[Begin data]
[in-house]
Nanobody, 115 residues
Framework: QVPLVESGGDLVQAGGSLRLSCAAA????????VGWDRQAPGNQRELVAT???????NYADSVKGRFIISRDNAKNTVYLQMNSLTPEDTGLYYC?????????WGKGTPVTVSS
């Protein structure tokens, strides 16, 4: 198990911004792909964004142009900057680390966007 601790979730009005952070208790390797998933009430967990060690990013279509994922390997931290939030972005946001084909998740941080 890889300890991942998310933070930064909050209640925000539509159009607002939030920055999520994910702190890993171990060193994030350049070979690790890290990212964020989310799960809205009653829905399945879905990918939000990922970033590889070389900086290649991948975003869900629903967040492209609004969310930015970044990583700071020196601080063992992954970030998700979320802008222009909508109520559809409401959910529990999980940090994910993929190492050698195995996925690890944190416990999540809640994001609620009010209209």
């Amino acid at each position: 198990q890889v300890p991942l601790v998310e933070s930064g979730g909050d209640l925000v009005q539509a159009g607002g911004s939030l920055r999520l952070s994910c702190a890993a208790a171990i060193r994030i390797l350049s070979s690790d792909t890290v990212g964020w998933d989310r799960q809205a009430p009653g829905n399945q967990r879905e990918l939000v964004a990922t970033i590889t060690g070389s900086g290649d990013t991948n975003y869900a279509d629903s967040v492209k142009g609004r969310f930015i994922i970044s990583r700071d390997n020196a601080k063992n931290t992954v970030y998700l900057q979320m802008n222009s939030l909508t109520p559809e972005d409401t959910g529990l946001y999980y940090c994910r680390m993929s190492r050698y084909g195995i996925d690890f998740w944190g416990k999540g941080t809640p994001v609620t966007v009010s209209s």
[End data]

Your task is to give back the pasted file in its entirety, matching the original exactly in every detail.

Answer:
[in-house]
Nanobody, 115 residues
Framework: QVPLVESGGDLVQAGGSLRLSCAAA????????VGWDRQAPGNQRELVAT???????NYADSVKGRFIISRDNAKNTVYLQMNSLTPEDTGLYYC?????????WGKGTPVTVSS
């Protein structure tokens, strides 16, 4: 198990911004792909964004142009900057680390966007 601790979730009005952070208790390797998933009430967990060690990013279509994922390997931290939030972005946001084909998740941080 890889300890991942998310933070930064909050209640925000539509159009607002939030920055999520994910702190890993171990060193994030350049070979690790890290990212964020989310799960809205009653829905399945879905990918939000990922970033590889070389900086290649991948975003869900629903967040492209609004969310930015970044990583700071020196601080063992992954970030998700979320802008222009909508109520559809409401959910529990999980940090994910993929190492050698195995996925690890944190416990999540809640994001609620009010209209």
């Amino acid at each position: 198990q890889v300890p991942l601790v998310e933070s930064g979730g909050d209640l925000v009005q539509a159009g607002g911004s939030l920055r999520l952070s994910c702190a890993a208790a171990i060193r994030i390797l350049s070979s690790d792909t890290v990212g964020w998933d989310r799960q809205a009430p009653g829905n399945q967990r879905e990918l939000v964004a990922t970033i590889t060690g070389s900086g290649d990013t991948n975003y869900a279509d629903s967040v492209k142009g609004r969310f930015i994922i970044s990583r700071d390997n020196a601080k063992n931290t992954v970030y998700l900057q979320m802008n222009s939030l909508t109520p559809e972005d409401t959910g529990l946001y999980y940090c994910r680390m993929s190492r050698y084909g195995i996925d690890f998740w944190g416990k999540g941080t809640p994001v609620t966007v009010s209209s």